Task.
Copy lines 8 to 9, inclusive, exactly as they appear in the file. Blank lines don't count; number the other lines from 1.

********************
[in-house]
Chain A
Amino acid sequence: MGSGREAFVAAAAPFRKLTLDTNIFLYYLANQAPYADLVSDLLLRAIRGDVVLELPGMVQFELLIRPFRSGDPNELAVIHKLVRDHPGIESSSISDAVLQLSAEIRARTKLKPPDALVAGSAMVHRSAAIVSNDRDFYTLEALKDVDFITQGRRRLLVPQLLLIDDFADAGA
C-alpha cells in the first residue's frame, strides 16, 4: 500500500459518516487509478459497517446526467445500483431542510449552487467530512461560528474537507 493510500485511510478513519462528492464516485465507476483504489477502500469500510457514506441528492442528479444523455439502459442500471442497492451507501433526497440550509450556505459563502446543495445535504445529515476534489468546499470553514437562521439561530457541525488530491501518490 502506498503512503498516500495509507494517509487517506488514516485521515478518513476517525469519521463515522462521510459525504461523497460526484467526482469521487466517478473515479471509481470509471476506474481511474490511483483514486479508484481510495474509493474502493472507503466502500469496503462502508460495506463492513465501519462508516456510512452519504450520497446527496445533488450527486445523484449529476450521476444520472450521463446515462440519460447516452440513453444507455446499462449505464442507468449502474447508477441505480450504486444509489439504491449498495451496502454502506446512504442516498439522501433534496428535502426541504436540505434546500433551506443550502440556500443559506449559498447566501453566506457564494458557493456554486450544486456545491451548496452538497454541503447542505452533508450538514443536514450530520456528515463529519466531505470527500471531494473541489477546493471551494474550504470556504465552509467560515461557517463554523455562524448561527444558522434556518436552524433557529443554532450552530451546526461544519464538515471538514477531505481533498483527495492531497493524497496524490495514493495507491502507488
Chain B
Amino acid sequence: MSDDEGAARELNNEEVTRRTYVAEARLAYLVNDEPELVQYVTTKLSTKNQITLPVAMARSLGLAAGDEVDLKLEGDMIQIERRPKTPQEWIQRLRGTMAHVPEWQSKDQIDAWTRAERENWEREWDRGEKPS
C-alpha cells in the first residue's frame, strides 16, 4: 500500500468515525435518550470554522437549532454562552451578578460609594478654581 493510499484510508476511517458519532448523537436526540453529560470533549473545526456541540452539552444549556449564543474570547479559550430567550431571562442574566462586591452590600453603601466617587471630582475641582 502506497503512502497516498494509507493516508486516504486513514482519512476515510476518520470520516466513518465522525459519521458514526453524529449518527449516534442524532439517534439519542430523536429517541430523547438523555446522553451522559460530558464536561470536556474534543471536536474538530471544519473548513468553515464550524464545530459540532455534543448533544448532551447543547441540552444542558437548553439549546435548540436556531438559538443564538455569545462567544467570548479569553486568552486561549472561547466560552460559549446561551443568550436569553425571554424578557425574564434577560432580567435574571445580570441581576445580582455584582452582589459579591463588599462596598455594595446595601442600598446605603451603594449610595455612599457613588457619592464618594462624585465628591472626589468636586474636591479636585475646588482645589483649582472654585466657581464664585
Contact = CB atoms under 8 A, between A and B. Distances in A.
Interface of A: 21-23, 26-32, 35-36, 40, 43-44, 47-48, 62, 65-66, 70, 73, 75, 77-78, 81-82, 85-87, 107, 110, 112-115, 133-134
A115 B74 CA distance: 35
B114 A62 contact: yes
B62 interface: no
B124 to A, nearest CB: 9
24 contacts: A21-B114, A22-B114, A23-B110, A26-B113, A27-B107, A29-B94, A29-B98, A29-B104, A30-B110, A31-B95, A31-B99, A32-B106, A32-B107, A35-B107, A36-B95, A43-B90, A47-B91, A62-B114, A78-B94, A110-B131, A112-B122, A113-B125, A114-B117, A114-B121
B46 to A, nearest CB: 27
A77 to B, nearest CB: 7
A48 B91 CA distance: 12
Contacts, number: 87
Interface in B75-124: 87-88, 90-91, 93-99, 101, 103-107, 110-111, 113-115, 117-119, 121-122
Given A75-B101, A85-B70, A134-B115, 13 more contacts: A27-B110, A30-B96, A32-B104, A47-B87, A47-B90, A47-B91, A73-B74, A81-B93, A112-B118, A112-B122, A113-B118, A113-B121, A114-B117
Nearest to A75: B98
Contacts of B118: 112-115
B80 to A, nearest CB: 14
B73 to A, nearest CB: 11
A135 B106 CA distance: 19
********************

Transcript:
Contact = CB atoms under 8 A, between A and B. Distances in A.
Interface of A: 21-23, 26-32, 35-36, 40, 43-44, 47-48, 62, 65-66, 70, 73, 75, 77-78, 81-82, 85-87, 107, 110, 112-115, 133-134